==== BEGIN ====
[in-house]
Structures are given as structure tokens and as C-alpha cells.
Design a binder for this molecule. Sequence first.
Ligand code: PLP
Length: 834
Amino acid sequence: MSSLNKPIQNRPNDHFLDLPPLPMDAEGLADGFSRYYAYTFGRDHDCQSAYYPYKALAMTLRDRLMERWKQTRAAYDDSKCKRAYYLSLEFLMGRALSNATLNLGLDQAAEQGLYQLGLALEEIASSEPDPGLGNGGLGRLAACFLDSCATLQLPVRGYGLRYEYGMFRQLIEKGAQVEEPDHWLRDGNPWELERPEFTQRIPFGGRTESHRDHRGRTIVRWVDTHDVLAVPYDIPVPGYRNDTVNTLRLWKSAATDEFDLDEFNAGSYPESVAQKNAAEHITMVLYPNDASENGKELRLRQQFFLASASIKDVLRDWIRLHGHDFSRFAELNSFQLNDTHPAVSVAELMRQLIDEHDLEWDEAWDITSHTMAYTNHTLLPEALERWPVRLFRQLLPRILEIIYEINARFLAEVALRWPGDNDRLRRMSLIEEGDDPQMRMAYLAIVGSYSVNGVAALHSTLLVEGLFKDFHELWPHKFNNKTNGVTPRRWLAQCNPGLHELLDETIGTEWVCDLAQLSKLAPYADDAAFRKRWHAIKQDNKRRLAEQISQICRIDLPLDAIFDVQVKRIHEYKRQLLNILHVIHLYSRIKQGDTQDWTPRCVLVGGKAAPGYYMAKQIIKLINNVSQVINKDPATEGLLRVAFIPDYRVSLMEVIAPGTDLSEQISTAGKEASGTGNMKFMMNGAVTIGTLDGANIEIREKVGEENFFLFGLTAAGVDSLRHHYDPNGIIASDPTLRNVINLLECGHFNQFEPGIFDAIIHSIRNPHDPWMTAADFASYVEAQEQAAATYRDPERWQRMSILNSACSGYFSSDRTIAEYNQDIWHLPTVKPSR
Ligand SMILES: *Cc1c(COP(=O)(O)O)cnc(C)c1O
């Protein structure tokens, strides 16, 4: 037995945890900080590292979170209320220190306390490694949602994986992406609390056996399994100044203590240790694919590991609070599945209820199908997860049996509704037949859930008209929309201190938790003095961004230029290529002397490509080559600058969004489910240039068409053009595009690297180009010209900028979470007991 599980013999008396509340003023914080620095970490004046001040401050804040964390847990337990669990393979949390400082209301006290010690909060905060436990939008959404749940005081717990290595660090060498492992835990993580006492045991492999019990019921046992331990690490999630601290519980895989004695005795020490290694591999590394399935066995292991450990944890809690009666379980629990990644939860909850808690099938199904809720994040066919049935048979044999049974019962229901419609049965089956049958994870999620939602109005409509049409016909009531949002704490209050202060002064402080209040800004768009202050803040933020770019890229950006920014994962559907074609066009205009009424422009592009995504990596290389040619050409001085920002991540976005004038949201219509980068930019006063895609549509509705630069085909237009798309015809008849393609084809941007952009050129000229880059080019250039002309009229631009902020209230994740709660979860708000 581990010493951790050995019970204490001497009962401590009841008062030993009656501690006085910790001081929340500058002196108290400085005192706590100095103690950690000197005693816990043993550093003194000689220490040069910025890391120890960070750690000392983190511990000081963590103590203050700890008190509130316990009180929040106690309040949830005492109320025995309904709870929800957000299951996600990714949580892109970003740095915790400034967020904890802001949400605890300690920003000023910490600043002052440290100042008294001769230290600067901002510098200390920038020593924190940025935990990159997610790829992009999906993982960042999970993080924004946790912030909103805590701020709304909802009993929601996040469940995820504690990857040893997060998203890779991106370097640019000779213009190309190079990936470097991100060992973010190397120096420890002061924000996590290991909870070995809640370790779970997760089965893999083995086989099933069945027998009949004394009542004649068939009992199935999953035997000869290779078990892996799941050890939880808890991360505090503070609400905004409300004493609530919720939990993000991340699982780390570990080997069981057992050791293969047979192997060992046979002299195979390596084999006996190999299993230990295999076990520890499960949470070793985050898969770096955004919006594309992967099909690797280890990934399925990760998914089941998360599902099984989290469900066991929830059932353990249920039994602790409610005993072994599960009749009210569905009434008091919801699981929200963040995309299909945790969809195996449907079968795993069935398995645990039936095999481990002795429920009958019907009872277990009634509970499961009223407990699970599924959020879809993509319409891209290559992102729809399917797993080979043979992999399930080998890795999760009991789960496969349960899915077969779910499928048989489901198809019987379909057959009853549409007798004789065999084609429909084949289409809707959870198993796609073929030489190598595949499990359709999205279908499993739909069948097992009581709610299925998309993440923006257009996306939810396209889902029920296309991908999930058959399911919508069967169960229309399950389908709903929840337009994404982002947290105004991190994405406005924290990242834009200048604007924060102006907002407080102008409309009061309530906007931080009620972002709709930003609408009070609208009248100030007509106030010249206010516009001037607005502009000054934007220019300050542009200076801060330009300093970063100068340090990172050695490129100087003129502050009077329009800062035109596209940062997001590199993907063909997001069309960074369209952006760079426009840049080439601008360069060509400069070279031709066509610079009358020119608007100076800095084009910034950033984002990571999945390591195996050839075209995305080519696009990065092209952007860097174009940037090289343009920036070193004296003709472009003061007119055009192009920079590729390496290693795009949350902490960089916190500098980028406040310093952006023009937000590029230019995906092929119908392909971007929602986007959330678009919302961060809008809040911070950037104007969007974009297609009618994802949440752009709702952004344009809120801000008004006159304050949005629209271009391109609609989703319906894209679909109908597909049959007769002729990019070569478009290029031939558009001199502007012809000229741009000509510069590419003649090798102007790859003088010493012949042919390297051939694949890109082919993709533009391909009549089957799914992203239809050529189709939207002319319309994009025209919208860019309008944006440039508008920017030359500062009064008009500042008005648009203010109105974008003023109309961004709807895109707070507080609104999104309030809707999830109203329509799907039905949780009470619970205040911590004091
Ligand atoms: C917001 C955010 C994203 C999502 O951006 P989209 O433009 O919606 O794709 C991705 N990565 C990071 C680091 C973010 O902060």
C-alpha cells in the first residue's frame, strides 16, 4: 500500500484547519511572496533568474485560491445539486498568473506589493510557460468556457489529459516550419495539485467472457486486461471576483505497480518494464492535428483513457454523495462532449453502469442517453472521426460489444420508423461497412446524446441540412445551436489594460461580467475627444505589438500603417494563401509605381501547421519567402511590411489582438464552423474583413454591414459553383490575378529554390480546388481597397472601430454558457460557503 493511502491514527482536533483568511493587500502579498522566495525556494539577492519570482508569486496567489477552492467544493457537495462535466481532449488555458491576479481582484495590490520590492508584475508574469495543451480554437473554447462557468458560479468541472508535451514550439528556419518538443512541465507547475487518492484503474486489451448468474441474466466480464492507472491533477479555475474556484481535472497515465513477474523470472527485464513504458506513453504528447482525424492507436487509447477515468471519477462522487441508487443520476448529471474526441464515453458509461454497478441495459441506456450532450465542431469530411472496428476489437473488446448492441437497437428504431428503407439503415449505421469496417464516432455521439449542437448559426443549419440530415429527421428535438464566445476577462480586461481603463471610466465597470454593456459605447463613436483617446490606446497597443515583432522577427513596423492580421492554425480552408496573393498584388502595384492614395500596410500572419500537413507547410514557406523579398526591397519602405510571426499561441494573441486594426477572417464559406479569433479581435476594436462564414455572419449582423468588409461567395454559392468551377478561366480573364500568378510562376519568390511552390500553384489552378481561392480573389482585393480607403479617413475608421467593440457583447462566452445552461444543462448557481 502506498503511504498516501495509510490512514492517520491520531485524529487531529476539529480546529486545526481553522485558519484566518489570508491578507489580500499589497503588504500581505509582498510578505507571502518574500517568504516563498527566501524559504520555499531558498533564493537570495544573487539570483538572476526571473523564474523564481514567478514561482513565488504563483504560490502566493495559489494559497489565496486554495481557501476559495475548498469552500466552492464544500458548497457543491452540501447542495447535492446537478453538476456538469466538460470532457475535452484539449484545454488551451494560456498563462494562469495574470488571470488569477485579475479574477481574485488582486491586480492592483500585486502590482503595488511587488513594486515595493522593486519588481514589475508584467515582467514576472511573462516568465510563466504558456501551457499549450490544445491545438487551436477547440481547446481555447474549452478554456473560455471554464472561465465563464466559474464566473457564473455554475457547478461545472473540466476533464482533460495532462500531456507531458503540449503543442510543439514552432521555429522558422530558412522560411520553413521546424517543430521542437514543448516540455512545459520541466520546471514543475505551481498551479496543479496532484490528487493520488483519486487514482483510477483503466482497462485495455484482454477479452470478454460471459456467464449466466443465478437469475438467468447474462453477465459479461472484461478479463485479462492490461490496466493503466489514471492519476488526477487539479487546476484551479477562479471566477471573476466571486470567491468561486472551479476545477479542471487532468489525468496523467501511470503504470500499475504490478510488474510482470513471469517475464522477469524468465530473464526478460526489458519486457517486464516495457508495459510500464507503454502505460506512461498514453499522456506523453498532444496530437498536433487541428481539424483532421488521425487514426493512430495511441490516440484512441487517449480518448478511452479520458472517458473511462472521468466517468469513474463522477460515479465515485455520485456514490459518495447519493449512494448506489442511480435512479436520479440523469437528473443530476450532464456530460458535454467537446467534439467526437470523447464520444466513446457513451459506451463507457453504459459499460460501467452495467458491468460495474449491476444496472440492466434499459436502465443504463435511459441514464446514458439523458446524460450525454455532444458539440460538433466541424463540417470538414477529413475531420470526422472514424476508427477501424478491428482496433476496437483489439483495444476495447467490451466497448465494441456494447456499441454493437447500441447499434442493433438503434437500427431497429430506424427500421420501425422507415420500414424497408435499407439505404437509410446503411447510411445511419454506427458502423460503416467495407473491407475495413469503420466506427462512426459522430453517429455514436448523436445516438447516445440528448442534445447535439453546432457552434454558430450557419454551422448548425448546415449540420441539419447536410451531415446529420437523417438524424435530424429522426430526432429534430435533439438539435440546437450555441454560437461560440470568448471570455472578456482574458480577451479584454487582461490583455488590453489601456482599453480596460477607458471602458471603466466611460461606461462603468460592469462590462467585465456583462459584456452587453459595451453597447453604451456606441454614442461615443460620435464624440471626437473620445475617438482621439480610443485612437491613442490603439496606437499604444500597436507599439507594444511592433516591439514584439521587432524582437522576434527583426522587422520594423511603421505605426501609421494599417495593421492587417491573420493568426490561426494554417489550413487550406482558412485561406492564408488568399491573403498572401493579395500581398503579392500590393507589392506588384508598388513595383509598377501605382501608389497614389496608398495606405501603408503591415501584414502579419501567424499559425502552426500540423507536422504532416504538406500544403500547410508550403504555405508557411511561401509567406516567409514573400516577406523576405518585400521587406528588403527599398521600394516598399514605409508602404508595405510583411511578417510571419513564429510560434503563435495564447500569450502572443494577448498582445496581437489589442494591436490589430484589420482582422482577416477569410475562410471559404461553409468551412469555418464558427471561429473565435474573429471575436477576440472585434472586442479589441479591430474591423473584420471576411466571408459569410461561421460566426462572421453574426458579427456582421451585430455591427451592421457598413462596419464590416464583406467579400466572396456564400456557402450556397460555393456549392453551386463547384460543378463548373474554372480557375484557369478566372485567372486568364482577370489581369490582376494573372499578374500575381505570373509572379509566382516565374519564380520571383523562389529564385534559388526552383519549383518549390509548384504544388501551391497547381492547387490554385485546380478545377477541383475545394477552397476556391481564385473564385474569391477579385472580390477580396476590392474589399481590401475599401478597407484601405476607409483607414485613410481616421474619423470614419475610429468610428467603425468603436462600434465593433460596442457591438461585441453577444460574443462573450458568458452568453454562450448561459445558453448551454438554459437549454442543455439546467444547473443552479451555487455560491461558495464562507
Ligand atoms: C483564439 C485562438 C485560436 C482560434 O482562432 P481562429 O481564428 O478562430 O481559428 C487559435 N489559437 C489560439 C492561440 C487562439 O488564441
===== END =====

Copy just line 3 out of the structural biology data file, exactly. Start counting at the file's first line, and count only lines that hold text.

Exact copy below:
Design a binder for this molecule. Sequence first.